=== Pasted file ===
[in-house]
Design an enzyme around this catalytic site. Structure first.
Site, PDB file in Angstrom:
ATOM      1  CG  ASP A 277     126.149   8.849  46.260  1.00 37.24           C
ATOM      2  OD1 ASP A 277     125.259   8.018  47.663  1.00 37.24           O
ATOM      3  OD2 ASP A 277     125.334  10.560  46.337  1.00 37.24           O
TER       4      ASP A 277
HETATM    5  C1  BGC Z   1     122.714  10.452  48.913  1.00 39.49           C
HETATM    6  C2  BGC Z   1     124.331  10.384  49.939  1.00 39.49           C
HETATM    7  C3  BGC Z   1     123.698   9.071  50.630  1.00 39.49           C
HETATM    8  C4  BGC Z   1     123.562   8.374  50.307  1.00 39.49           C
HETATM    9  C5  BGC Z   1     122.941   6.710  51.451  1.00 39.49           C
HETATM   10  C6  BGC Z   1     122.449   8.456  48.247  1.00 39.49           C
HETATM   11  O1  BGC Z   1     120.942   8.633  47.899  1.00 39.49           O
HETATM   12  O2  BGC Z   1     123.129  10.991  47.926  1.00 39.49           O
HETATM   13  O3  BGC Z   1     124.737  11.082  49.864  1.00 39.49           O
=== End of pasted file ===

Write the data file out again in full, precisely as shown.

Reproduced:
[in-house]
Design an enzyme around this catalytic site. Structure first.
Site, PDB file in Angstrom:
ATOM      1  CG  ASP A 277     126.149   8.849  46.260  1.00 37.24           C
ATOM      2  OD1 ASP A 277     125.259   8.018  47.663  1.00 37.24           O
ATOM      3  OD2 ASP A 277     125.334  10.560  46.337  1.00 37.24           O
TER       4      ASP A 277
HETATM    5  C1  BGC Z   1     122.714  10.452  48.913  1.00 39.49           C
HETATM    6  C2  BGC Z   1     124.331  10.384  49.939  1.00 39.49           C
HETATM    7  C3  BGC Z   1     123.698   9.071  50.630  1.00 39.49           C
HETATM    8  C4  BGC Z   1     123.562   8.374  50.307  1.00 39.49           C
HETATM    9  C5  BGC Z   1     122.941   6.710  51.451  1.00 39.49           C
HETATM   10  C6  BGC Z   1     122.449   8.456  48.247  1.00 39.49           C
HETATM   11  O1  BGC Z   1     120.942   8.633  47.899  1.00 39.49           O
HETATM   12  O2  BGC Z   1     123.129  10.991  47.926  1.00 39.49           O
HETATM   13  O3  BGC Z   1     124.737  11.082  49.864  1.00 39.49           O